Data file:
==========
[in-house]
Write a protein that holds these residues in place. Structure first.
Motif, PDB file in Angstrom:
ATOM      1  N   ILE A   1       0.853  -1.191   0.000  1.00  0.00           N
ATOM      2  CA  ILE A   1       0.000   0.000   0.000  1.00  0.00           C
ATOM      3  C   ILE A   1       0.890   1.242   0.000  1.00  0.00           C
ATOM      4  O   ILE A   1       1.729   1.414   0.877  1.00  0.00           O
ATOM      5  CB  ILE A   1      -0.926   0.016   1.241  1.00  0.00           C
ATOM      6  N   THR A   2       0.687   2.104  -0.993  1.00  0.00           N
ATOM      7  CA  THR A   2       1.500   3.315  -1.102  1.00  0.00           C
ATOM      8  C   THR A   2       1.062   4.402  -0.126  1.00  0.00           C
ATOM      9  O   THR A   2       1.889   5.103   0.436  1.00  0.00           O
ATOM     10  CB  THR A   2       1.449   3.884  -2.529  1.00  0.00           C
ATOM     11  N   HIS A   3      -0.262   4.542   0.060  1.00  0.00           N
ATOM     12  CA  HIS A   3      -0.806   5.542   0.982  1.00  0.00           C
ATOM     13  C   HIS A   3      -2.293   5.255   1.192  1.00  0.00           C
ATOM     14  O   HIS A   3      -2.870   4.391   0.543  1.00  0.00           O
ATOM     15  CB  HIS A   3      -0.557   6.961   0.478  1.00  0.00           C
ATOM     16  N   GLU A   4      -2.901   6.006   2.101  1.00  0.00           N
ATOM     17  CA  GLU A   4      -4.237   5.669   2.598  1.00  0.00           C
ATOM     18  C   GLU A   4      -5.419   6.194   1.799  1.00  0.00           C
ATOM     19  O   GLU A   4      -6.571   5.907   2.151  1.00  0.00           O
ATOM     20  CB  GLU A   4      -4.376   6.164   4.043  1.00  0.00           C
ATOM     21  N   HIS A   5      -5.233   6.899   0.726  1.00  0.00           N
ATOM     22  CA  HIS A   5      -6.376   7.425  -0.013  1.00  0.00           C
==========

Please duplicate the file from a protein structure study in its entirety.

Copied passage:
[in-house]
Write a protein that holds these residues in place. Structure first.
Motif, PDB file in Angstrom:
ATOM      1  N   ILE A   1       0.853  -1.191   0.000  1.00  0.00           N
ATOM      2  CA  ILE A   1       0.000   0.000   0.000  1.00  0.00           C
ATOM      3  C   ILE A   1       0.890   1.242   0.000  1.00  0.00           C
ATOM      4  O   ILE A   1       1.729   1.414   0.877  1.00  0.00           O
ATOM      5  CB  ILE A   1      -0.926   0.016   1.241  1.00  0.00           C
ATOM      6  N   THR A   2       0.687   2.104  -0.993  1.00  0.00           N
ATOM      7  CA  THR A   2       1.500   3.315  -1.102  1.00  0.00           C
ATOM      8  C   THR A   2       1.062   4.402  -0.126  1.00  0.00           C
ATOM      9  O   THR A   2       1.889   5.103   0.436  1.00  0.00           O
ATOM     10  CB  THR A   2       1.449   3.884  -2.529  1.00  0.00           C
ATOM     11  N   HIS A   3      -0.262   4.542   0.060  1.00  0.00           N
ATOM     12  CA  HIS A   3      -0.806   5.542   0.982  1.00  0.00           C
ATOM     13  C   HIS A   3      -2.293   5.255   1.192  1.00  0.00           C
ATOM     14  O   HIS A   3      -2.870   4.391   0.543  1.00  0.00           O
ATOM     15  CB  HIS A   3      -0.557   6.961   0.478  1.00  0.00           C
ATOM     16  N   GLU A   4      -2.901   6.006   2.101  1.00  0.00           N
ATOM     17  CA  GLU A   4      -4.237   5.669   2.598  1.00  0.00           C
ATOM     18  C   GLU A   4      -5.419   6.194   1.799  1.00  0.00           C
ATOM     19  O   GLU A   4      -6.571   5.907   2.151  1.00  0.00           O
ATOM     20  CB  GLU A   4      -4.376   6.164   4.043  1.00  0.00           C
ATOM     21  N   HIS A   5      -5.233   6.899   0.726  1.00  0.00           N
ATOM     22  CA  HIS A   5      -6.376   7.425  -0.013  1.00  0.00           C